No single food or drink contains all the essential nutrients your body needs, which is why variety is key. The World Health Organization (WHO) (1) has a number of basic principles of what constitutes a healthy diet to help prevent non-communicable diseases, although the exact make-up of your diet can vary depending on your age, gender, lifestyle, levels of physical activity, cultural context and available foods and dietary customs.
It’s also important to balance the energy you take in as food and drinks (measured in calories), by the energy you use up through physical activity.
In addition to the WHO guidelines, in October 2020, the Scientific Committee of the Spanish Agency for Food Safety and Nutrition (34, 35) introduced the following recommendations:
*Added sugars are defined as the definition adopted in Annex II of the European Framework for National Initiatives on Selected Nutrients of the European Commission: sugars that are added to food during its preparation, preparation or cooking, as well as those present in a natural in honey, syrups, juices and fruit concentrates. This definition is equivalent to that of free sugars, included in the World Health Organization’s guide on sugar intake for adults and children of 2015.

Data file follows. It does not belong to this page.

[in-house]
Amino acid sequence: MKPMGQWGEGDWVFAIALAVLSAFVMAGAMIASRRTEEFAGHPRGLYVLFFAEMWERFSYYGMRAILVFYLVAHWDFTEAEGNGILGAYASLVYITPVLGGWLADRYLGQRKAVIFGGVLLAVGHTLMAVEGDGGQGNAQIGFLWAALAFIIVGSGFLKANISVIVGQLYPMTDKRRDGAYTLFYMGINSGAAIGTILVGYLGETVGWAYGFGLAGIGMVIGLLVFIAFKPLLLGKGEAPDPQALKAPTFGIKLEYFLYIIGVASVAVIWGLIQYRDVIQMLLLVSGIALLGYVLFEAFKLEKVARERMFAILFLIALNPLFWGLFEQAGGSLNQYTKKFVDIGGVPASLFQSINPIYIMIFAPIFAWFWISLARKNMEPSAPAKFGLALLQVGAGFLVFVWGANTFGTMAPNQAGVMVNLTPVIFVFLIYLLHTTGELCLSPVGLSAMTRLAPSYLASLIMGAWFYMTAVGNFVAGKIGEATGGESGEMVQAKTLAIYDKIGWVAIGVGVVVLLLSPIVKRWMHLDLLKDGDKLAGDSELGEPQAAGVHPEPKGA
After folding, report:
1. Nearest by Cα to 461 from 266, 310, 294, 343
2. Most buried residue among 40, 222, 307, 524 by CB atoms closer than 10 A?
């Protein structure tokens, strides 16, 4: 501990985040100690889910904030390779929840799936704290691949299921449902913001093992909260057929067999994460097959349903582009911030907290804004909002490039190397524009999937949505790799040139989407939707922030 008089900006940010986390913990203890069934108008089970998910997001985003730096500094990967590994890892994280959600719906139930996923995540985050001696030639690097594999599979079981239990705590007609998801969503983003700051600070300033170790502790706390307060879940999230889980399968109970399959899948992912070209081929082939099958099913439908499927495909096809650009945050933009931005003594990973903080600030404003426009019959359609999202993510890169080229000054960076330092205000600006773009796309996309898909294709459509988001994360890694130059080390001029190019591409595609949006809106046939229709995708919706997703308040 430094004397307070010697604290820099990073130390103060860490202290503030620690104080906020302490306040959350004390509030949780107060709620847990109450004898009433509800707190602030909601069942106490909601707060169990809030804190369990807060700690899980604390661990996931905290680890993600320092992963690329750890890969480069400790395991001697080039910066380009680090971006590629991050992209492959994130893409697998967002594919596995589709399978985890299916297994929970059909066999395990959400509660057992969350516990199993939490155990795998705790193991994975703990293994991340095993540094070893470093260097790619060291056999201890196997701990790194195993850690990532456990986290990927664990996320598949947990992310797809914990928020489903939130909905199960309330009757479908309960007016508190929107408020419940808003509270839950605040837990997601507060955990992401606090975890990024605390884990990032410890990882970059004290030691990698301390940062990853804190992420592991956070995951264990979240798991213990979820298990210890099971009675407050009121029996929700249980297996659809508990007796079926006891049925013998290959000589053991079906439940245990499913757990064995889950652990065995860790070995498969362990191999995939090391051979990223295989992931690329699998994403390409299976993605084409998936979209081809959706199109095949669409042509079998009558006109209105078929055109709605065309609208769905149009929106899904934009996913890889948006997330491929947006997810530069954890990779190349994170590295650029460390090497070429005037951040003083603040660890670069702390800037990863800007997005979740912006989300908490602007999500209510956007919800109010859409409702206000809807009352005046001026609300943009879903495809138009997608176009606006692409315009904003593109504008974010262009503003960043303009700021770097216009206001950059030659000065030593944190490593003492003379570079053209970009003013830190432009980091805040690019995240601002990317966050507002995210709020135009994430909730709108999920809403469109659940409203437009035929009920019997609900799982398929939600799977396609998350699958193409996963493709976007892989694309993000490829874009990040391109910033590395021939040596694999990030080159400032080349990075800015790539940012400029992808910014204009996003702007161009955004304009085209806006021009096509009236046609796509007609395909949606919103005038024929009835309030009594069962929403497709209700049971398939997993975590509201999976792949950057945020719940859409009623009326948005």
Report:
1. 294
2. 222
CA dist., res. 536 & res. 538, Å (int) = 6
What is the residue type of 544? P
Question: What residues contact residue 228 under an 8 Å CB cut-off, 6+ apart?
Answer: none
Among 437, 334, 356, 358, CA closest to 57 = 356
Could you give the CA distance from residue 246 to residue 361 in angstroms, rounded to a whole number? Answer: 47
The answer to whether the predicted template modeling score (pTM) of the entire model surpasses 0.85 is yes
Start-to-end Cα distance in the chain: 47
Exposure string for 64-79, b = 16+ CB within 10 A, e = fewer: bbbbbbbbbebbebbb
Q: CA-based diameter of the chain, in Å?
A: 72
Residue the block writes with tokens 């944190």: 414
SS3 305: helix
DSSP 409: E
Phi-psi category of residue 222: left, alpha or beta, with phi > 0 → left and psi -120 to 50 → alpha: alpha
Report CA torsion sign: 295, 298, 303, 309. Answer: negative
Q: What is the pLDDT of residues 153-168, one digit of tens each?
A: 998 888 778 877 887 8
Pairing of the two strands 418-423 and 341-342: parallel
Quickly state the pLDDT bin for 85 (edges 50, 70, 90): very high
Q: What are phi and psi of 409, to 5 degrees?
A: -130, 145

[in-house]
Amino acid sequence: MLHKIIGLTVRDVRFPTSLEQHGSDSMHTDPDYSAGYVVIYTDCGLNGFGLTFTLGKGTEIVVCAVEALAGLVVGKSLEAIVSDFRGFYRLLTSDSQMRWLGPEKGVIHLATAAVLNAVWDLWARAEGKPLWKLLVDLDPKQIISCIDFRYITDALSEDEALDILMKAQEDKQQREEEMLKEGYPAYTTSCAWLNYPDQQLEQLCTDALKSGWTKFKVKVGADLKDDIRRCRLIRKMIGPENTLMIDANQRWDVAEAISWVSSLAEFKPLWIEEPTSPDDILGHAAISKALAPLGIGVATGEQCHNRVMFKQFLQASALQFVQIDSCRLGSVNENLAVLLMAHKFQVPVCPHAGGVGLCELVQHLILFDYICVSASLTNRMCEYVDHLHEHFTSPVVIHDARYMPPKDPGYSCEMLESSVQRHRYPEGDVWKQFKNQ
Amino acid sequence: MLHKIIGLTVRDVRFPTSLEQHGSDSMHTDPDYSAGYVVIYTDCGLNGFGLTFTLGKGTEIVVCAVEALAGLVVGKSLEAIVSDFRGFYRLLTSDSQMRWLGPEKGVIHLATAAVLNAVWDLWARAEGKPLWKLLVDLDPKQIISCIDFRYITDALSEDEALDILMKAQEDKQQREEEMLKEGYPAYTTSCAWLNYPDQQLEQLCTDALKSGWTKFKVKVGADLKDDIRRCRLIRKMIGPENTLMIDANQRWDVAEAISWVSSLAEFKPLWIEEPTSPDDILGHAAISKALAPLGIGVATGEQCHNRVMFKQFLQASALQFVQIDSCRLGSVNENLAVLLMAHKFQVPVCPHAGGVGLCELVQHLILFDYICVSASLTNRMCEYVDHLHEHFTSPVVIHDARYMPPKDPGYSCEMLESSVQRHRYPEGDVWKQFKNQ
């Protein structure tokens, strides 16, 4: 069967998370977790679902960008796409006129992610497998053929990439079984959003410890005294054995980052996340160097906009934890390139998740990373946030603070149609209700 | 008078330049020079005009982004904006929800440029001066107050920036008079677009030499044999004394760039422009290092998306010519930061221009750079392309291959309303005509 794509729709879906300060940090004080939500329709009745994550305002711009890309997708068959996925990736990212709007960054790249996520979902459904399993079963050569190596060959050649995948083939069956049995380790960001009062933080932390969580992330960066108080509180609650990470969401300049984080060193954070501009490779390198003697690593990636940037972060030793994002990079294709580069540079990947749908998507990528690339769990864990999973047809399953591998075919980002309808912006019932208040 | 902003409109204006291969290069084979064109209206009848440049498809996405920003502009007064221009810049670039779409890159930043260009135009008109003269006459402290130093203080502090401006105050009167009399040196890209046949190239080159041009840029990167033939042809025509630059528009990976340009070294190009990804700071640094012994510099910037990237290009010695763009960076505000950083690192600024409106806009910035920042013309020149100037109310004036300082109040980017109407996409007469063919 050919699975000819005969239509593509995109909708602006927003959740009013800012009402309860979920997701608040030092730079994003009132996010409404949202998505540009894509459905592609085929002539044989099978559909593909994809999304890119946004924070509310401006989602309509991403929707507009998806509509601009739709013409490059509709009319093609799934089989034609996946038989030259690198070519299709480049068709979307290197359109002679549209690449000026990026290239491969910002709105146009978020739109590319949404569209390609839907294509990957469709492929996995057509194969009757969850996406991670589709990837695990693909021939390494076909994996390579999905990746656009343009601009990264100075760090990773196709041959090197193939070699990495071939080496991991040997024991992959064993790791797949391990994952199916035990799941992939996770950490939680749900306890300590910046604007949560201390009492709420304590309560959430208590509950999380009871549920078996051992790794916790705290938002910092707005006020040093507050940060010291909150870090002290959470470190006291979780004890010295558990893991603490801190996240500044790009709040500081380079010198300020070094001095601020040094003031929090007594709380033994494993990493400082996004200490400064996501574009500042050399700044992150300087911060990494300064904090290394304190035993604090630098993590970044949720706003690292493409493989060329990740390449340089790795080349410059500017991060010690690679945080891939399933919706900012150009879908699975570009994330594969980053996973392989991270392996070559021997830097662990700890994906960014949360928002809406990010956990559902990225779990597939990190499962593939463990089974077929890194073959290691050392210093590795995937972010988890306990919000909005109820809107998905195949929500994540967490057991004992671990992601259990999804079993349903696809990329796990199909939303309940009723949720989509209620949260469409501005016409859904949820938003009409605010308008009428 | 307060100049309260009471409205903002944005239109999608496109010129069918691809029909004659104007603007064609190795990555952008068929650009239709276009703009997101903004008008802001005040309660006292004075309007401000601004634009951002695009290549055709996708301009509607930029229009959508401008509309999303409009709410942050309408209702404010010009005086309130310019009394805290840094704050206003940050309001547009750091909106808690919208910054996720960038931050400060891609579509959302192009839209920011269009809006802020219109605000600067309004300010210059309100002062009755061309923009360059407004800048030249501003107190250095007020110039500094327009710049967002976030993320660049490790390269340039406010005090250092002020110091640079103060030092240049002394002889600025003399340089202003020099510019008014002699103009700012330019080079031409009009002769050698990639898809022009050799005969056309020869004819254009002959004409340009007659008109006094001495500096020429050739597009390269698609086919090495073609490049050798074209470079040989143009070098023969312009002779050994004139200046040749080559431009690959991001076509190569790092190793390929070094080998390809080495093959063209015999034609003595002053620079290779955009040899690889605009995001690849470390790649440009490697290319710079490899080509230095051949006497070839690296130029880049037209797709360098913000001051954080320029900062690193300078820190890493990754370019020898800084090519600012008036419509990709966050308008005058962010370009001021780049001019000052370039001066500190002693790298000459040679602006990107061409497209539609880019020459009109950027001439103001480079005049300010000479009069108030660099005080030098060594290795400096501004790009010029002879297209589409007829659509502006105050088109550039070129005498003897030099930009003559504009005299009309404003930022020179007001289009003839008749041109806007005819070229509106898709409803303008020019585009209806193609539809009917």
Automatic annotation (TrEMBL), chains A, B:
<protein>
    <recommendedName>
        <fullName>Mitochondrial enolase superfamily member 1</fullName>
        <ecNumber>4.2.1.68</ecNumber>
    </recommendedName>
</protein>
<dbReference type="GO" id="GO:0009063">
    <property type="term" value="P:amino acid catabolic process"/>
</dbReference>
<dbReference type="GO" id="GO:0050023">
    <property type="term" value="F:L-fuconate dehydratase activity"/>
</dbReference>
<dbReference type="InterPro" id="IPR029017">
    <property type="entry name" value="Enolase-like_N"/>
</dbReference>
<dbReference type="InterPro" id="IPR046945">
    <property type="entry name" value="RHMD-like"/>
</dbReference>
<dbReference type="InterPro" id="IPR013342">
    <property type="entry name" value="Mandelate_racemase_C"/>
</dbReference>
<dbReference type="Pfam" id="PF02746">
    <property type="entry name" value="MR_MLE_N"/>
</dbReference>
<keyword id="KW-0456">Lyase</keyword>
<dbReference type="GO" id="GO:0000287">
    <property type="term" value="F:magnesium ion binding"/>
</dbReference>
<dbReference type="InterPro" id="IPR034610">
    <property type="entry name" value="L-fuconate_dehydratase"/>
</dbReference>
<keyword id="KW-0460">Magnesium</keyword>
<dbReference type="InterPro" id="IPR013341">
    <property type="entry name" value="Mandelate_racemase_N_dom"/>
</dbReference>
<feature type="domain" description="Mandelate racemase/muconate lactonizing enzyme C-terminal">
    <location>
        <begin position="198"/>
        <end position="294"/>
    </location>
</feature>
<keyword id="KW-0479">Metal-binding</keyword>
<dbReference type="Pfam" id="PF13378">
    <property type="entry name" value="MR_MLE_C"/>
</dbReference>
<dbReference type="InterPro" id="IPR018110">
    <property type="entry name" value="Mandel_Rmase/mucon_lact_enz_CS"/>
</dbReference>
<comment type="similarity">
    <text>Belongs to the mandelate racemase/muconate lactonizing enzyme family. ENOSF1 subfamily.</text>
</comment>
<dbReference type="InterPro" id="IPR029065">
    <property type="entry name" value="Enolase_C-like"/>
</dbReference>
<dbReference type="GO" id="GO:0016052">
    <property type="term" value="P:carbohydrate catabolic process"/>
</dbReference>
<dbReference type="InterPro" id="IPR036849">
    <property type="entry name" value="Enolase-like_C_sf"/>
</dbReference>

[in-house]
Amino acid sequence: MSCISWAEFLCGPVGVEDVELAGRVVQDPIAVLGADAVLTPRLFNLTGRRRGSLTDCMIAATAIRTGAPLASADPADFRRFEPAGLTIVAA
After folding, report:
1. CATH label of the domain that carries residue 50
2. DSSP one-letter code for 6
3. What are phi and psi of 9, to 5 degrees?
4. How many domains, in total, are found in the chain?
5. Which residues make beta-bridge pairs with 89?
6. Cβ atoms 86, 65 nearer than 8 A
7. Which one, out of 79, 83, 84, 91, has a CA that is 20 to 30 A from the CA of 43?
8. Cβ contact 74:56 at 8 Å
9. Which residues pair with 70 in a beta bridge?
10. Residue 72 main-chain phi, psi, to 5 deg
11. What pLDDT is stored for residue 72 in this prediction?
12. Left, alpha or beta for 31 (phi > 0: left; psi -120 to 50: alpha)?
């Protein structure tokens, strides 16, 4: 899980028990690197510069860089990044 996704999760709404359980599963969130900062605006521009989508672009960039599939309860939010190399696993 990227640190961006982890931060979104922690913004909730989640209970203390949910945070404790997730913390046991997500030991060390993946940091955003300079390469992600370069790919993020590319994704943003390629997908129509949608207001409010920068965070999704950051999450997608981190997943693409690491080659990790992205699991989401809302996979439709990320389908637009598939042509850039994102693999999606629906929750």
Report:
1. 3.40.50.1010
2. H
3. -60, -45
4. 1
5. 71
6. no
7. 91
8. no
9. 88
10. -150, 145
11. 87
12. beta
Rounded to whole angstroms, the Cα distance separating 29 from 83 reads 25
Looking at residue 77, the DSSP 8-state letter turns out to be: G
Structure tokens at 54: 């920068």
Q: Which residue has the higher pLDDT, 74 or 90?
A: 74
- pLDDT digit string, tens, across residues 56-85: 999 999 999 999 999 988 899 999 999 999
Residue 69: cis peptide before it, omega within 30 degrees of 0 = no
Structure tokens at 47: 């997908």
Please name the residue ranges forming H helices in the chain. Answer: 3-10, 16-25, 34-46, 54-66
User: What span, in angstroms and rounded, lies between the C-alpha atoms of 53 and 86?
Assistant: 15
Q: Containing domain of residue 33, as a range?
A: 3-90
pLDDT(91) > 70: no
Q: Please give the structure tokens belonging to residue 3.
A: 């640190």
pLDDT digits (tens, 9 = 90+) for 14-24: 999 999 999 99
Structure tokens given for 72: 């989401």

Sugars and the body
Sugars are an important source of energy that we all need to go about our daily lives.Read more
Calories can be important when making diet and lifestyle choices so we have explored what the term “calorie” means.Read more
You might be surprised to know that, apart from fibre, sugar has no more calories than any other ingredient.Read more
Diet and nutrition
There are a number of factors which can influence diet including social and economic factors. You can find tips for a healthy balanced diet here.Read more
Healthy eating is about consuming the right amount of food for your energy needs.Read more
Nutritional labelling on pre-packaged food and drinks commercialized in Spain is mandatory under European and Spanish law.Read more